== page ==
Some questions in Thai end with ใช่ไหม (chai mai). This is roughly similar to how we use “right?” or “isn’t it?” at the end of a statement in English to turn it into a question. This question is usually used when seeking confirmation for something. For these questions you can respond with ใช่ (chai) – yes – or ไม่ใช่ (mai chai) – no.
- เป็นคนอเมริกัน ใช่ไหม (not found)(ppen kon amerikka chai mai) – You’re American right?
เปล่า (pplao) – No
Although เปล่า (pplao) translates as “no” it is not commonly used when answering a question. It is more commonly combined with รึ (ru) “or” to make รึเปล่า (ru pplao) and then used at the end of a sentence to make an “or not” question.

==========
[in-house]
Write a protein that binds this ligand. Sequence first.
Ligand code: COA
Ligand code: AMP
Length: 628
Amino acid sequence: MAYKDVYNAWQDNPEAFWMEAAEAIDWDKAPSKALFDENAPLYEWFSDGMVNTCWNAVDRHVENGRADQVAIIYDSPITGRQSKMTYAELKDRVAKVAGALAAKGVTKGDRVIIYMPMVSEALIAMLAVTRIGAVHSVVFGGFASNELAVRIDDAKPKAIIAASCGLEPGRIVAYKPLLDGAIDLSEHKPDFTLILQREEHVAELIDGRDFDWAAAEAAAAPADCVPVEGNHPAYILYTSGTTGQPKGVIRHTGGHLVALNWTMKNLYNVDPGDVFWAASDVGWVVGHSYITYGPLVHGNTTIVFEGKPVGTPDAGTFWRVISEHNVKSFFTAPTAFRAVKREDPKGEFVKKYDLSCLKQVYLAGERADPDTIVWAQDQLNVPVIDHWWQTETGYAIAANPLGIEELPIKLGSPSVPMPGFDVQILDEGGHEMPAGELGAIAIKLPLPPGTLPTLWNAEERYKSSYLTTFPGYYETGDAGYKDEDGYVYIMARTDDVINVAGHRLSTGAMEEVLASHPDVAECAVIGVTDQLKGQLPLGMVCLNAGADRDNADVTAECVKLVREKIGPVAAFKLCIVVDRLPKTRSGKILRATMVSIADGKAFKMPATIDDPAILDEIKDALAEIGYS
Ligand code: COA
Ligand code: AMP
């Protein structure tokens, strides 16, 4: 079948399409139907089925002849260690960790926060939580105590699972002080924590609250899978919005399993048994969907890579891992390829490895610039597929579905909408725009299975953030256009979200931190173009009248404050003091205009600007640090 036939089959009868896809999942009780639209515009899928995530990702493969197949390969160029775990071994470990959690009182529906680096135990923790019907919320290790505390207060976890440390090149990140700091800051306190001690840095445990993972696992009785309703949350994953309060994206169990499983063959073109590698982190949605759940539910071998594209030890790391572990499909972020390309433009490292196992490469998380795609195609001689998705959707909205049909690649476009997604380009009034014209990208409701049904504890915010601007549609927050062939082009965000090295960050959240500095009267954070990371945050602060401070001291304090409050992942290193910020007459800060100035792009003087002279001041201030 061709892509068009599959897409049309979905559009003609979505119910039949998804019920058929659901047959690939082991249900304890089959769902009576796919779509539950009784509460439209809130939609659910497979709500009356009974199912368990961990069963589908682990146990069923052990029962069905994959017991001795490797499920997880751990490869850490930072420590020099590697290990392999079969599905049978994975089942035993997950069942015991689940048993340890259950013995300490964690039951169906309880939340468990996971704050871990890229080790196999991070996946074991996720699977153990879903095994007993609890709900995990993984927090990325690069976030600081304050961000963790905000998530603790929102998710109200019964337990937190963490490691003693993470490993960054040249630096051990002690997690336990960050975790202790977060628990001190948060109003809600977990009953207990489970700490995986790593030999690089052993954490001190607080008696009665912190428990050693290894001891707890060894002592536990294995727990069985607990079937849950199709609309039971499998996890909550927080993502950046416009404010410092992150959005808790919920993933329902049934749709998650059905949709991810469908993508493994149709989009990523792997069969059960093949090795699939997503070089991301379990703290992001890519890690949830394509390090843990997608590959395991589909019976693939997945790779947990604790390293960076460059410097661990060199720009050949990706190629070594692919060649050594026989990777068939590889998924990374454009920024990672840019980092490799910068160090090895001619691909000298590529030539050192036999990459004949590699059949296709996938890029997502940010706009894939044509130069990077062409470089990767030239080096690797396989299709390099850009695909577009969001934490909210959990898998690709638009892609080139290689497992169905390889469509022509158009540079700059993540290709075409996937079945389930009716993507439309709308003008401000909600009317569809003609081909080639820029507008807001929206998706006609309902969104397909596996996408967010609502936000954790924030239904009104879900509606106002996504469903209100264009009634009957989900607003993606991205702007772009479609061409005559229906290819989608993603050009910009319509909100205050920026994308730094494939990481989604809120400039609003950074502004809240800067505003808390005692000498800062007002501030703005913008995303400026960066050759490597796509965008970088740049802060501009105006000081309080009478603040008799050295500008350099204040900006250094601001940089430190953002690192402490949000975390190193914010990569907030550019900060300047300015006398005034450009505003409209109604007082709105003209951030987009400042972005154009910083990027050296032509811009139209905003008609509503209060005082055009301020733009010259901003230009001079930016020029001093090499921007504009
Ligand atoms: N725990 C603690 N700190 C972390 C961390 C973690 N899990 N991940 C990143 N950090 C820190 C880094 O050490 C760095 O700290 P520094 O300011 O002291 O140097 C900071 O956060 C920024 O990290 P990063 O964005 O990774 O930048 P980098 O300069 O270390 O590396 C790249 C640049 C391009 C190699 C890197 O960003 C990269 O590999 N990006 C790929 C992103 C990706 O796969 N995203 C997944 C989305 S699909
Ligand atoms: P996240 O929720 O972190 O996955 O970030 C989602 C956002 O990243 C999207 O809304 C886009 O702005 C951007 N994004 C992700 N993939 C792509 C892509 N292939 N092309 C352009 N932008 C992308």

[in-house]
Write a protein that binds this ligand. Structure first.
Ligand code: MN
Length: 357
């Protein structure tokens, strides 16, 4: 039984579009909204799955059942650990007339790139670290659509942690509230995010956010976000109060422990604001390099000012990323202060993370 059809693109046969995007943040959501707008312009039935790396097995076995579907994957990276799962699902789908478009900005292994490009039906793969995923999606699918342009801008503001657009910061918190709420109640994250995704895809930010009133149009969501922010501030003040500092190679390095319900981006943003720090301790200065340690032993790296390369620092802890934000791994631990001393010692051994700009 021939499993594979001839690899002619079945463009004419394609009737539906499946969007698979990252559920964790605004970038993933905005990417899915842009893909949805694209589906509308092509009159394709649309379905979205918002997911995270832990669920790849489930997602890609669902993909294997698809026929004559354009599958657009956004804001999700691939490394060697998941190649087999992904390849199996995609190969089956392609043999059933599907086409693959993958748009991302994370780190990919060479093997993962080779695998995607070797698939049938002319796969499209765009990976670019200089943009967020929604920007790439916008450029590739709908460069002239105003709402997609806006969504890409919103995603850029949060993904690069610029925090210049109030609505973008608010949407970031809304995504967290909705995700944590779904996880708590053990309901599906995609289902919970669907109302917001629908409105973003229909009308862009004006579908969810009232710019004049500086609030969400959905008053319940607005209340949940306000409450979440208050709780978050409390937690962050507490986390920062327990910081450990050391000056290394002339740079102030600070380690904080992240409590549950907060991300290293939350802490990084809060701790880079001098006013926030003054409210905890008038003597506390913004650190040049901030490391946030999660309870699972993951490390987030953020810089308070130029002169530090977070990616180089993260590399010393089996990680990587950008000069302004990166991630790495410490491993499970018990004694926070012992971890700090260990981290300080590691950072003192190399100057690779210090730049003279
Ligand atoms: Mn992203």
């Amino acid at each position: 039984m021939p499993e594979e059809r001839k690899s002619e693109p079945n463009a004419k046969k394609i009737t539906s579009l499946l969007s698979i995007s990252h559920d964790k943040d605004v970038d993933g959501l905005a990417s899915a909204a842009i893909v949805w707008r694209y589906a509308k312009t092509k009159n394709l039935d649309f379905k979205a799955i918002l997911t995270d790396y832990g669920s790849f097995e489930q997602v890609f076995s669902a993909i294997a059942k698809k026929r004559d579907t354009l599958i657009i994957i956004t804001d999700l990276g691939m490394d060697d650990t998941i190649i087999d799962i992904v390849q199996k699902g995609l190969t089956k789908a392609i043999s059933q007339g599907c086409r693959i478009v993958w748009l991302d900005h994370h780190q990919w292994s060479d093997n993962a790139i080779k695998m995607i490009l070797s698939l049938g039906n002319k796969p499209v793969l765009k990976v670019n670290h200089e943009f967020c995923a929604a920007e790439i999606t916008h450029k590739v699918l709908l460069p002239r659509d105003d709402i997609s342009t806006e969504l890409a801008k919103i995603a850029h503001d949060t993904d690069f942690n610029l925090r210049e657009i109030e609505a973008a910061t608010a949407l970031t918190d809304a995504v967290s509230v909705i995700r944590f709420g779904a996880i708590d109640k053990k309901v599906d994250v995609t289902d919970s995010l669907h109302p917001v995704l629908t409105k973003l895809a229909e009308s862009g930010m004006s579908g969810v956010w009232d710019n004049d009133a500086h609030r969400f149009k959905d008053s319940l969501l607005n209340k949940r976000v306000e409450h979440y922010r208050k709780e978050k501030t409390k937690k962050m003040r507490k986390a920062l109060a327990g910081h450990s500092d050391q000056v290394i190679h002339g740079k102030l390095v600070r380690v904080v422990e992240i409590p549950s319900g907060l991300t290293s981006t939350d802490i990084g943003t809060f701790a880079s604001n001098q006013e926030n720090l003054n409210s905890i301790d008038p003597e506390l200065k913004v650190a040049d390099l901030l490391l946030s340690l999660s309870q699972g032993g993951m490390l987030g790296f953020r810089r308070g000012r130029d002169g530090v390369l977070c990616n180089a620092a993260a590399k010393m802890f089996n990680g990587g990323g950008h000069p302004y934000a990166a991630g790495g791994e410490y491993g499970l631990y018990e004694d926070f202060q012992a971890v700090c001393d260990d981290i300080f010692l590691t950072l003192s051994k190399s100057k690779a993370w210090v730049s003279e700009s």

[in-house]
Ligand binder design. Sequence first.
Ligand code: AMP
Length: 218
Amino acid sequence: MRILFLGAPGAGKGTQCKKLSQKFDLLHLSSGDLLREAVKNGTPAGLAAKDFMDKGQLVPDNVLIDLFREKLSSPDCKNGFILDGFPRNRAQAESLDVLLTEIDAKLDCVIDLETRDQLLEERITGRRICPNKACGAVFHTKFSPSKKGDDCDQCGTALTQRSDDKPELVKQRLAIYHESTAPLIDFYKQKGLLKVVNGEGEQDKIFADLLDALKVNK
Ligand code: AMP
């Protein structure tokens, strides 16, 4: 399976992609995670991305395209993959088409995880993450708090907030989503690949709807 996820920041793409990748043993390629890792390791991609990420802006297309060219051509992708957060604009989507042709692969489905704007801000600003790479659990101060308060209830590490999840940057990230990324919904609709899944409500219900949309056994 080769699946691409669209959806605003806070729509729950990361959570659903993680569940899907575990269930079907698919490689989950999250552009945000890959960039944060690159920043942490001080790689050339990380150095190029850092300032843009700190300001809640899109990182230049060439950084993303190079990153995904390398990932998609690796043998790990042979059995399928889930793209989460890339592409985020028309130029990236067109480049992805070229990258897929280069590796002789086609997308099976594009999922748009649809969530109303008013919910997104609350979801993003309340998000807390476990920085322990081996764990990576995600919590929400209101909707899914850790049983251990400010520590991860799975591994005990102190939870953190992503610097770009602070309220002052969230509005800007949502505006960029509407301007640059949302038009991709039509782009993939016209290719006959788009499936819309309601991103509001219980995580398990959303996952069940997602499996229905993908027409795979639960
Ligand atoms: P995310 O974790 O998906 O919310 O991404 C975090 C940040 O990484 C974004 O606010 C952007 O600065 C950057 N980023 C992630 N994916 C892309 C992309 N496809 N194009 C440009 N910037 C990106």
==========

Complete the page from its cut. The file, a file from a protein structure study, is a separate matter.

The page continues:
- จะมารึเปล่า (ja maa ru pplao) – Are (you) going to come or not?
If we want to say “no” to this question, we can just use the same structure that we learned above: ไม่ + verb or adjective.
So the best way say “no” to this question is:
- ไม่มา (mai maa) – I’m not coming (Literally: “not come”)
Bonus: How To Say “No Way” In Thai
ไม่มีทาง (mai mee taang)
If you want to say “no way” in Thai to show that you strongly disagree with something or say “no” in the strongest terms then you can say:
- ไม่มีทาง (mai mee taang) – no way / impossible! Literally: not have way
ไม่เลย (mai leoi)
Another way to say “no” in the strongest terms is:
- ไม่เลย (mai leoi) – absolutely not / not at all
Now you’ve got a good understanding of how to say “no” in Thai, it’s time to get out there and practice. You can also ask Thai people questions too and practice listening to the different ways that Thai people say “no”.